Today I have the greatest of pleasure to have Australian author Dale Harcombe round at my place. Enjoy her article:
One of the questions writers get asked most often is where do you get your ideas? Actually, for the writer it’s more a case of not where you get ideas but how can you not have ideas?
Ideas come from life. They are all around us in the world and the people we meet and the conversation we have. The difference is the writer sees these things and then builds on them. They may see exactly the same scene as someone else but their writerly (if that’s not already a word as spell check insists it isn’t, it should be) brain then starts to imagine.
So writing is a combination of experience and imagination, of reality and fantasising. It also about empathising. Putting yourself into the other person’s place for a time, imagining how they feel for example when a loved one dies, or their marriage breaks up or a new baby is born, or disaster strikes or they see an amazing sunrise. It means tapping into our fears and joys, our emotions, passions and anxieties.
Most of all though writing is about story. I’ve just been re-reading, thanks to another author friend’s reminder, The Rock that is Higher – Story as Truth by Madeleine L’Engle, one of my favourite authors.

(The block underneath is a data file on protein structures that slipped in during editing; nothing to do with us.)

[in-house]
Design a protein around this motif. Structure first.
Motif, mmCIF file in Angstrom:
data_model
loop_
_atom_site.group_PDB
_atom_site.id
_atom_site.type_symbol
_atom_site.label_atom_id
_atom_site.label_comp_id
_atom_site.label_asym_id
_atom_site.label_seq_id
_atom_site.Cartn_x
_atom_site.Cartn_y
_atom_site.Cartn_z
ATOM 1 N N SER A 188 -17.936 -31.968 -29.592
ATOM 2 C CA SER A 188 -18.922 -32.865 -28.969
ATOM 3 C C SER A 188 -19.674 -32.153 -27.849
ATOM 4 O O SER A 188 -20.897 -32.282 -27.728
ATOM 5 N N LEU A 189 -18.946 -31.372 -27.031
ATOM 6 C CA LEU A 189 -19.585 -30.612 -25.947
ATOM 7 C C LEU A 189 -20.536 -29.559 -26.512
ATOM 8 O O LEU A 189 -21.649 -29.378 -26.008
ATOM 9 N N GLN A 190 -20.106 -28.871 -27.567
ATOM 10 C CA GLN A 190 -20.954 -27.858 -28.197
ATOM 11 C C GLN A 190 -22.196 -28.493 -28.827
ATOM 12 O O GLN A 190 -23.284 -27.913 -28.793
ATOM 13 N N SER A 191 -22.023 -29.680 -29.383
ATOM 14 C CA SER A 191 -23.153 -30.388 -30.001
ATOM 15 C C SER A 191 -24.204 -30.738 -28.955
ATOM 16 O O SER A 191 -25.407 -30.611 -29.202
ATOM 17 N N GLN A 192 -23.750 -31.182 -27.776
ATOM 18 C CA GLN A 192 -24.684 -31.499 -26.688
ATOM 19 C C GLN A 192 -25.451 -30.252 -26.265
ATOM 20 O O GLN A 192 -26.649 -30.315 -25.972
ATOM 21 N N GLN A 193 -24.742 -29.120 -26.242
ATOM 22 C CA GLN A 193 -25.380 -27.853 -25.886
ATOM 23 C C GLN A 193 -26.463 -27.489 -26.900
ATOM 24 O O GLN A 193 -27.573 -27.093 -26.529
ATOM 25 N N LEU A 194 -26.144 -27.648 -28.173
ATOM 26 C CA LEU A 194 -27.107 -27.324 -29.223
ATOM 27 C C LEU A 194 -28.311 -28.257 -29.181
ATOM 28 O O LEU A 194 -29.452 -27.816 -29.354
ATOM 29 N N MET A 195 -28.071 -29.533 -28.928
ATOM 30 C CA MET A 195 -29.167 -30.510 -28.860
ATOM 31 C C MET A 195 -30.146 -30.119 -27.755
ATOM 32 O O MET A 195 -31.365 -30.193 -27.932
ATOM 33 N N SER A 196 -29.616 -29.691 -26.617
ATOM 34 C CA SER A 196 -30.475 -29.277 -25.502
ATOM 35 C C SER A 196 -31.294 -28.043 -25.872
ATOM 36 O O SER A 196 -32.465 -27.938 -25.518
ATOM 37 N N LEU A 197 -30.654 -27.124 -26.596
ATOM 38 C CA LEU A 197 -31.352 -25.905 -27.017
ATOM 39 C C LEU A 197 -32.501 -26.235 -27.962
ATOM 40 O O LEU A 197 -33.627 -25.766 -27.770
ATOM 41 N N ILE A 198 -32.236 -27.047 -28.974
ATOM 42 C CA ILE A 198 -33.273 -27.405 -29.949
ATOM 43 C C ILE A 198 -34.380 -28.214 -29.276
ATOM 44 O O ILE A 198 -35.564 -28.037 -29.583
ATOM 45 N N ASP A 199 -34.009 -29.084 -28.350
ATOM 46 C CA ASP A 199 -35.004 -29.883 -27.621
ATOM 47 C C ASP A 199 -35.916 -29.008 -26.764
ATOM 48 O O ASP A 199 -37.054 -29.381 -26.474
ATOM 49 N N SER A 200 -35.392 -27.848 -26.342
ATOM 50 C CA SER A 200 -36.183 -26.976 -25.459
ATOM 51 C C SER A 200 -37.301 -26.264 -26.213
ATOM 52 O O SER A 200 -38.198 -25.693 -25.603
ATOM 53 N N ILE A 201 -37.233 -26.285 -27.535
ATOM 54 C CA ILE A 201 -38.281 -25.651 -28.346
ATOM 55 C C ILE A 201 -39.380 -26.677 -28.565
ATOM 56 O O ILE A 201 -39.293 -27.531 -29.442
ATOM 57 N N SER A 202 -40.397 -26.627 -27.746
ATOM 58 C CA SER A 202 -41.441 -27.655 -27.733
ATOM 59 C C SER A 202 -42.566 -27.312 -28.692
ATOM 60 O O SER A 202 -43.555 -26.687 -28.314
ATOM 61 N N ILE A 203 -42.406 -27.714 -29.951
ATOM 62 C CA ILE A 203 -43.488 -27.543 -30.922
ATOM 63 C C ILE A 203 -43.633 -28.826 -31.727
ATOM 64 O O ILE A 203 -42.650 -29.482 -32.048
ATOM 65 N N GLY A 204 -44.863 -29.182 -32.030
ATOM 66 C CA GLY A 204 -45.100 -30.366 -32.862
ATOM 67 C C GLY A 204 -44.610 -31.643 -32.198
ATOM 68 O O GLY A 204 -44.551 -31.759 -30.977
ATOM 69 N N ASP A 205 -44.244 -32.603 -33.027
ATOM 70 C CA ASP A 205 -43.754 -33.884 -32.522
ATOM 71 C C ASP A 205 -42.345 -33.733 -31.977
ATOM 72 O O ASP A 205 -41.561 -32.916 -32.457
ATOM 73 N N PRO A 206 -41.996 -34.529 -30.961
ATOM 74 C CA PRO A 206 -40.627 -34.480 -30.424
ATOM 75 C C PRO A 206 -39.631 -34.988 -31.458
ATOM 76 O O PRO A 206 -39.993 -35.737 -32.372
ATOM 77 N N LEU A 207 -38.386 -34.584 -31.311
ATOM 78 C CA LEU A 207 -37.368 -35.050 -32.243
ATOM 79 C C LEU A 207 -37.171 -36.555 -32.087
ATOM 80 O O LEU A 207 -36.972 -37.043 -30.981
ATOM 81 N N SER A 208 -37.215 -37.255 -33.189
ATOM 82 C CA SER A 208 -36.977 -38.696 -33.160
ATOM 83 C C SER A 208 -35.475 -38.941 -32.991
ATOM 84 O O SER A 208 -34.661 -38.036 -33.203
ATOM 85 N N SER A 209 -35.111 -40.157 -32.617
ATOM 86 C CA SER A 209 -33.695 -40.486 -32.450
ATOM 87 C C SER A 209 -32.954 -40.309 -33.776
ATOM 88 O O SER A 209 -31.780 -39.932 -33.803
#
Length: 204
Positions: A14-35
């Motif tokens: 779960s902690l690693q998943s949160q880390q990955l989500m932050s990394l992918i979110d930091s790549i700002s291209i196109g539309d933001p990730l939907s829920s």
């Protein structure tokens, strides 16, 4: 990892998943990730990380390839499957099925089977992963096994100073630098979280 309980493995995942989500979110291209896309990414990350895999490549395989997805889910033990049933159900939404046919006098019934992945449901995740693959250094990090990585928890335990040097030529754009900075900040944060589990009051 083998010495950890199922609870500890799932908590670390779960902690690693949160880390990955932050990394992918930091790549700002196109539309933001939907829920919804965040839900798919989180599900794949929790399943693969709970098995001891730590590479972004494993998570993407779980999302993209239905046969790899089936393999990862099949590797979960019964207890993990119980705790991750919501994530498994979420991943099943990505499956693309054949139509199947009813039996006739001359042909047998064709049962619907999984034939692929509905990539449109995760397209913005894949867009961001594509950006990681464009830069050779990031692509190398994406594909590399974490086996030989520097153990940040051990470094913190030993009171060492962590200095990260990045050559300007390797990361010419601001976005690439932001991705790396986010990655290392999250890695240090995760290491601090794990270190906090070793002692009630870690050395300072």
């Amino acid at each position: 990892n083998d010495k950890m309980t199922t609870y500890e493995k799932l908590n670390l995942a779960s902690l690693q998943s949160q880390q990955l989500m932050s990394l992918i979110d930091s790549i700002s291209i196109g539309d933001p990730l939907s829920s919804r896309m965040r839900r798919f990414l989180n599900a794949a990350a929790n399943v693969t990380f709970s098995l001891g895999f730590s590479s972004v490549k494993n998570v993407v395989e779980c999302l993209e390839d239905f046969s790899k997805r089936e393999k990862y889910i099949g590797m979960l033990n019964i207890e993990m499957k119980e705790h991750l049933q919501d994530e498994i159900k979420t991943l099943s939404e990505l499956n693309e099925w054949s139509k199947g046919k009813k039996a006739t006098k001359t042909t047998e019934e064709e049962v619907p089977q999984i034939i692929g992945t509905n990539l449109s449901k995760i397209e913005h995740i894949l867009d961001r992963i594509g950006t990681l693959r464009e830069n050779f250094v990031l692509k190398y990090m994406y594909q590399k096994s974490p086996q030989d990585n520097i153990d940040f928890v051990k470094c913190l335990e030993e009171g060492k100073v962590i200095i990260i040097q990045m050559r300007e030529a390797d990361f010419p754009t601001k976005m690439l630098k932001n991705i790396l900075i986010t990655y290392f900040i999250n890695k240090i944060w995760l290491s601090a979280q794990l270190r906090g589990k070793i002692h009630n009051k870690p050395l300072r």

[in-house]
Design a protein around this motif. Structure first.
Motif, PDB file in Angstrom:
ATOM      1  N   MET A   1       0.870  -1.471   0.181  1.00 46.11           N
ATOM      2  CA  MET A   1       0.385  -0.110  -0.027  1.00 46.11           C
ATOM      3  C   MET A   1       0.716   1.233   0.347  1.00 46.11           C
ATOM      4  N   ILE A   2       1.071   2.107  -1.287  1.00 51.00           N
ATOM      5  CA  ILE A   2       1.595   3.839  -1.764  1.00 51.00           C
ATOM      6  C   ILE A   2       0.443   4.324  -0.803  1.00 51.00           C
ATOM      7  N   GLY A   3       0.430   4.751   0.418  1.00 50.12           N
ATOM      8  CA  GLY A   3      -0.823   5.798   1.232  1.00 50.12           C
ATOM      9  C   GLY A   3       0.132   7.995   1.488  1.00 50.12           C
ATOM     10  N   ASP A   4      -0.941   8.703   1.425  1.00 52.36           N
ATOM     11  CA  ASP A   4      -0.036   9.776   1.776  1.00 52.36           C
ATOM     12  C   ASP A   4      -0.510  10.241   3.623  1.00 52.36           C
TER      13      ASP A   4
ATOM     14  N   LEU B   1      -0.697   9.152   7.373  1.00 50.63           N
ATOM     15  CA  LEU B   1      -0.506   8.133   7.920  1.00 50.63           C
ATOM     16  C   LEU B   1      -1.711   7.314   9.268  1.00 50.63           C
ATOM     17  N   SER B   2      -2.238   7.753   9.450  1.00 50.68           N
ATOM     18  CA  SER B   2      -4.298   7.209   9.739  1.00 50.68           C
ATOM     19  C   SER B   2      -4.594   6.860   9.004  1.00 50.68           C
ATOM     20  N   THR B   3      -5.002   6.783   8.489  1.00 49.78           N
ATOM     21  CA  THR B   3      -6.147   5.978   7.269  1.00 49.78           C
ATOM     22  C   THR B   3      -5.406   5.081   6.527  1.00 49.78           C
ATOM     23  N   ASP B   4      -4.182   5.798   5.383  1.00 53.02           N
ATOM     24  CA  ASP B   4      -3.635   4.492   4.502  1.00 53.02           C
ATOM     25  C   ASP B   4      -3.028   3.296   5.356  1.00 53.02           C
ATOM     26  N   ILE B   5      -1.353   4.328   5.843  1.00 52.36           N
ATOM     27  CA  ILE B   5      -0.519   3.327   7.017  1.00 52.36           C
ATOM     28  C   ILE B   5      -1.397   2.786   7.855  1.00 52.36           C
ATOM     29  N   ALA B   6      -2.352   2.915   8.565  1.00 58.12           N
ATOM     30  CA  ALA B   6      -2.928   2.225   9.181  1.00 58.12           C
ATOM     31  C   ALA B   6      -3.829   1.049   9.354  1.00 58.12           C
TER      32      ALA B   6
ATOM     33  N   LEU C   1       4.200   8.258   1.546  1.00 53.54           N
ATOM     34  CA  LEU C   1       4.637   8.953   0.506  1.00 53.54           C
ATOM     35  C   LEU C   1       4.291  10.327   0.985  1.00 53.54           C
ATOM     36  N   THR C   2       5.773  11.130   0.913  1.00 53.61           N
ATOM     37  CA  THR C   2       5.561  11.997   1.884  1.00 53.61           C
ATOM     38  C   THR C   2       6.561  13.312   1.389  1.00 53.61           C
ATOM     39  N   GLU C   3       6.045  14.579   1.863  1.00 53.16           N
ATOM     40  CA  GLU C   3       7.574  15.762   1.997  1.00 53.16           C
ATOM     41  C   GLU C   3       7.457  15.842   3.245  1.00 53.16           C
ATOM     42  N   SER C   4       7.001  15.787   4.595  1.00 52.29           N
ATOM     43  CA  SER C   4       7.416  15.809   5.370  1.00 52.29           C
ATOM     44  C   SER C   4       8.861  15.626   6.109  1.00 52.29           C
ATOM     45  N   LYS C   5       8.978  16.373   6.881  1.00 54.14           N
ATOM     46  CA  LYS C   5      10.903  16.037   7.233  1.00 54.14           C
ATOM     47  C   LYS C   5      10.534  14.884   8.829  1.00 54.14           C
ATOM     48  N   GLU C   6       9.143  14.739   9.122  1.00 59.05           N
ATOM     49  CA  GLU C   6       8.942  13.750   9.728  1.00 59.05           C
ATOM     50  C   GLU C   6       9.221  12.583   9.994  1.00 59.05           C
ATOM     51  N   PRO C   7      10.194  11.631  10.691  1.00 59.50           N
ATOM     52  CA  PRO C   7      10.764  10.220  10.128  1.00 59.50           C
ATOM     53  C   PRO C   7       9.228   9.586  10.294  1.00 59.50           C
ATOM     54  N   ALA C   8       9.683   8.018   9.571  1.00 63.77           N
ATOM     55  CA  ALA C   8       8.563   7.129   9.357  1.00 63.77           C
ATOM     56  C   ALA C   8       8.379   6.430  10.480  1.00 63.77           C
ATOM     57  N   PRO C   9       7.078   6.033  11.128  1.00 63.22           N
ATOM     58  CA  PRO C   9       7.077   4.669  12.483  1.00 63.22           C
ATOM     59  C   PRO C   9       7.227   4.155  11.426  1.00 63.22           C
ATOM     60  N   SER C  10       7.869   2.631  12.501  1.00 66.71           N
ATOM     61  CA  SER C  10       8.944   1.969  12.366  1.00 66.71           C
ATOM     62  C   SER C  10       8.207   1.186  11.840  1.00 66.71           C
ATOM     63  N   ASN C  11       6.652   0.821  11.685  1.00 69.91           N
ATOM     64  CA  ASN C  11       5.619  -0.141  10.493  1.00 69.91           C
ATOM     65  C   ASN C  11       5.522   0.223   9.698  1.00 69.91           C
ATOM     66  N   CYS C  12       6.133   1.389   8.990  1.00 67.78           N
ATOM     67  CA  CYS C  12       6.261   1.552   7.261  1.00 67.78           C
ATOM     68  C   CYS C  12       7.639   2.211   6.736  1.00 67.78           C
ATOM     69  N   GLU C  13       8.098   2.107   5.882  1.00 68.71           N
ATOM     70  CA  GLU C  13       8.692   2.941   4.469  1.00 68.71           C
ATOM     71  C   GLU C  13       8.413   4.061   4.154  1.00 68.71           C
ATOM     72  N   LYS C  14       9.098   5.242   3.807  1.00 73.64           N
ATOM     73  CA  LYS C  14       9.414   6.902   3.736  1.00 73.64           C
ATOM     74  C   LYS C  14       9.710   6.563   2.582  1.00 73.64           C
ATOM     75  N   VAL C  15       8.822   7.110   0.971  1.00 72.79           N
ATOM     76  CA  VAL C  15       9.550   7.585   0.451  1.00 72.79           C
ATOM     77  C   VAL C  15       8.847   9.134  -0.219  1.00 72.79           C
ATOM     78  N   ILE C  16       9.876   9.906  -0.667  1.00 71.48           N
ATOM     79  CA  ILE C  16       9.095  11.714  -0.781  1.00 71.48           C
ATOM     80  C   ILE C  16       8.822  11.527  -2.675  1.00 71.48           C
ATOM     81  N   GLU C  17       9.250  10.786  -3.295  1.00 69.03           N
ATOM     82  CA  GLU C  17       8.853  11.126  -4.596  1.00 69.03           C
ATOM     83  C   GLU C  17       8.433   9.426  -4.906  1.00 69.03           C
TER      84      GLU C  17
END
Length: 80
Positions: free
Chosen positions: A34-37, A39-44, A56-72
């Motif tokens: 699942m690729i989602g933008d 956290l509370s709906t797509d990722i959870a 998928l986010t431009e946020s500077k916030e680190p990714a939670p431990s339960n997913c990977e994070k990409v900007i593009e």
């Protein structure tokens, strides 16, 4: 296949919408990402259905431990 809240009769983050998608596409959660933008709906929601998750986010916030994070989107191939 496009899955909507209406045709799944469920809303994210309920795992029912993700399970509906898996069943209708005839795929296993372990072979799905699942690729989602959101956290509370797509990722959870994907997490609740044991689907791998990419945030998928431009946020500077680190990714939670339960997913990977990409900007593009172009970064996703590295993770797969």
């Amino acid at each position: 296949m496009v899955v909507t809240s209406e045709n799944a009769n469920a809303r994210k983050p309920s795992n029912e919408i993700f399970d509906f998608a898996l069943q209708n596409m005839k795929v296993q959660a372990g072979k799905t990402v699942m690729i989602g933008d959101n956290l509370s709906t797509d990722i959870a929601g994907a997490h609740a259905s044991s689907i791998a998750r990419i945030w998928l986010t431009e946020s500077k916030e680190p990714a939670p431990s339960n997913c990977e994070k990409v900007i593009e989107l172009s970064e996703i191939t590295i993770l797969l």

She stresses in that the importance of story. Facts though are not story. So often you hear someone say but that’s what really happened after they have written a piece. But that doesn’t make it a story. The facts then need to be shaped, added to, embroidered and maybe some things deleted or changed a little. It needs to be worked into a structure.
Some people proudly tell me they never read fiction. That’s sad as they are missing so much.They downgrade fiction as being unimportant and irrelevant. The opposite is true. Cognitive scientists in Toronto have found that people who read fiction have better developed social skills. The reason for this is that they will be more empathetic and understand other people better. In other words we learn about the world, the people and our place in it, by reading fiction. We learn to see more clearly. That’s why I read and write fiction.
Dale’s latest book is Streets on a Map. Interested readers can find out more about it at www.daleharcombe.com. Or you might also like to check out Write and Read with Dale, which is her very interesting blog.
If you scroll down to Friday December 10, you will find out how the character of Abby came into being and how story was created from an incident.
Dale Harcombe is the author of seven books for children, one book of poetry, numerous articles about marriage, home and family and now her general fiction book Streets on a Map.